Total Life Forever
This CD starts out with a slow minimal movement, airy guitar picks and stuttered beats underneath a very plaintive and mournful Band Of Horses styled vocal. The music slowly fills and builds and spills into a indie jazz touched pop beat, but sadder. Tortoise meets Gene Loves Jezebel. Darkwave math rock with a slice of funk.
I admit that I didn’t give the previous release from this Oxford-based band much of a listen, so I don’t know how it compares. By most accounts that I have read, it is similar, and it is slightly better. I feel, by listening to just this, that Foals definitely have a good sound and a great direction, but they are not quite where they want to be. There are moments that just feel a little too random. Production is great, the sounds are lush and full, but there is room to grow and move into even better songs.
That being said, this is a very comfortable album. It’s upbeat, but not overly happy. There are strong references to Talking Heads-touched beats and rhythms from 1979 or 1980. These grooves shift and slide into some TV On The Radio smoothness, and interestingly enough, the previous album was produced by TVOTR’s Dave Sitek. The band said no thanks and went in another direction for this release, but hints of the dynamics still flow through.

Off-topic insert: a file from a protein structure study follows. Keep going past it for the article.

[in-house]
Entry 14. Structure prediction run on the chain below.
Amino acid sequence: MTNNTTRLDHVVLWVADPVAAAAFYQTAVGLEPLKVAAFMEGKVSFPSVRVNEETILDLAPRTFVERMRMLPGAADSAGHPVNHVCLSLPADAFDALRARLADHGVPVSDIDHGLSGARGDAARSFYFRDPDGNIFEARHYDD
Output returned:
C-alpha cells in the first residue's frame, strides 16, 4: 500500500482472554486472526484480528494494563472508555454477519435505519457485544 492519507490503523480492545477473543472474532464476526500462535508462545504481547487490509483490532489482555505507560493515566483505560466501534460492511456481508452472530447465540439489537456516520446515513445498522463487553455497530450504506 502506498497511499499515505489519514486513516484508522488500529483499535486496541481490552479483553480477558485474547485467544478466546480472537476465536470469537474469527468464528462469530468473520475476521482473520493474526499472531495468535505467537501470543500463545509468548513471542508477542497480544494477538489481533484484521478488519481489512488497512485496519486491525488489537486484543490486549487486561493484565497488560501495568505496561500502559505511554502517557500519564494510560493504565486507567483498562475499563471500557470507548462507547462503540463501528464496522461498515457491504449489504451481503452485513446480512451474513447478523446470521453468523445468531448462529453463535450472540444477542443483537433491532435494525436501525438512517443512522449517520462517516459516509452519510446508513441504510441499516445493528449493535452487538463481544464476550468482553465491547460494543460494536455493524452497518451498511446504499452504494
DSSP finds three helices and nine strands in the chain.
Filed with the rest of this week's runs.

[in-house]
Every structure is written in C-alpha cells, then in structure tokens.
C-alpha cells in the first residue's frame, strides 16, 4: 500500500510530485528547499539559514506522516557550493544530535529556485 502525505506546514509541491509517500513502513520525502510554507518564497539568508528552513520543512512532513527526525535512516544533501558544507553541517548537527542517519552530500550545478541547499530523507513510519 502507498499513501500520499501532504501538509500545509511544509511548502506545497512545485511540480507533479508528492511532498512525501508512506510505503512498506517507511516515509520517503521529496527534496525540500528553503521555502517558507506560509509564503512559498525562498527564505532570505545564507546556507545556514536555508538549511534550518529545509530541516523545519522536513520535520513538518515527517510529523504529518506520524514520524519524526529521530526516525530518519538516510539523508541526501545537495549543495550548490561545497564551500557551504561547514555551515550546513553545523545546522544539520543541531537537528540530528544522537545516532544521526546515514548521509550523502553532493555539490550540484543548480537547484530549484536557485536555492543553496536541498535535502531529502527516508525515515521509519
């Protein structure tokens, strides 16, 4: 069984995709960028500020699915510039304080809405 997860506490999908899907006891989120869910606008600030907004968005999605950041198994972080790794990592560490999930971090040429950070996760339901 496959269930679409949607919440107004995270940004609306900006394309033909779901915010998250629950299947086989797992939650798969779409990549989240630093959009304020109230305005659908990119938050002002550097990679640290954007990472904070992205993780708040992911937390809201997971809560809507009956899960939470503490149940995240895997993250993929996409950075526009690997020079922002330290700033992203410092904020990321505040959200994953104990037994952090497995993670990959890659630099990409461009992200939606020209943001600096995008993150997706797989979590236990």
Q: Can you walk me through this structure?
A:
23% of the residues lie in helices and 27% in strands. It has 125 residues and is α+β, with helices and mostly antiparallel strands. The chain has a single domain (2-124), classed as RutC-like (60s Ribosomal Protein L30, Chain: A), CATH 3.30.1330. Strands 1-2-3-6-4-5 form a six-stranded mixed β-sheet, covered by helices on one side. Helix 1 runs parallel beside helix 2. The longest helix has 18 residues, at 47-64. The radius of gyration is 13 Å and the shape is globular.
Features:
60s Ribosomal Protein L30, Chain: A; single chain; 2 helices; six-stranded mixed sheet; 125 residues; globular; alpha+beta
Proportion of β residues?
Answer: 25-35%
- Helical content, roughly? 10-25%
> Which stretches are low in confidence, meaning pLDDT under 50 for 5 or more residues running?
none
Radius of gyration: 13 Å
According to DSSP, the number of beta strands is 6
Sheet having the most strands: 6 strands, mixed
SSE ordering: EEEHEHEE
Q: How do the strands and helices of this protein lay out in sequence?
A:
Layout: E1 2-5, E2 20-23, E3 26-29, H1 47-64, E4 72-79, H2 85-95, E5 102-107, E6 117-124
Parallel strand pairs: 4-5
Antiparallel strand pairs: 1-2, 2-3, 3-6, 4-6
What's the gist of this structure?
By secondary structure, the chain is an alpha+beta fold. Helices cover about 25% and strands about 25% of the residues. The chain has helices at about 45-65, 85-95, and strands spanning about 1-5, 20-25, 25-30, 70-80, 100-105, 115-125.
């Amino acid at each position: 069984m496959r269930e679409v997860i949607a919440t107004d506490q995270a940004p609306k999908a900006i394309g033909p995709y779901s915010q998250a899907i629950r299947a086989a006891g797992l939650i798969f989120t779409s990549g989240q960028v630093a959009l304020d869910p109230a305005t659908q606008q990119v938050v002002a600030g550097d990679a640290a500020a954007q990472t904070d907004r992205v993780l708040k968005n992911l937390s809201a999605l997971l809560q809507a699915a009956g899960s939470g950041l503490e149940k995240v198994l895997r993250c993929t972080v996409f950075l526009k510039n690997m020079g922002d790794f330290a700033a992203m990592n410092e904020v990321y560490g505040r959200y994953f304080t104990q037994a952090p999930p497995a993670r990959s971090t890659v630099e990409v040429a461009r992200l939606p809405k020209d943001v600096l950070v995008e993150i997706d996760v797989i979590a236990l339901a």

Halfway across this expanse of an album, you fall into “Spanish Sahara,” a song that whispers and softly turns into an ocean’s roar. It’s songs like this that could push Foals up into that realm that falls somewhere between Snow Patrol and Keane, or possibly even further, as there is a sense of sincerity here that keeps it from being too calculated. There isn’t enough of this, though, as the next song suddenly falls back into 2005 or so, sounding like something that could have almost made it on to Bloc Party’s Silent Alarm.
There’s a little more electronic prog rock sound that creeps up to hover underneath those indie energetic beats, and Foals tend to remain a little more on the smooth and rounded side, as opposed to the sharp angles of Bloc Party. That, however, is quite alright. I don’t think we need another Bloc Party.
Foals still have some growing to do, but that’s evident in their name; perhaps when the next album comes out they will be able to change their name to The Horses.
Okay, just joking, but seriously, this is a welcoming album, and this band manages to make you feel as if you are actually listening to something new and good and real, even though you are hopeful for something even better in the future.
More by this writer:
The Pack A.D. - We Kill Computers
Grupo Fantasma - El Existential
UNKLE - Where Did the Night Fall
Night Driving in Small Towns - Serial Killer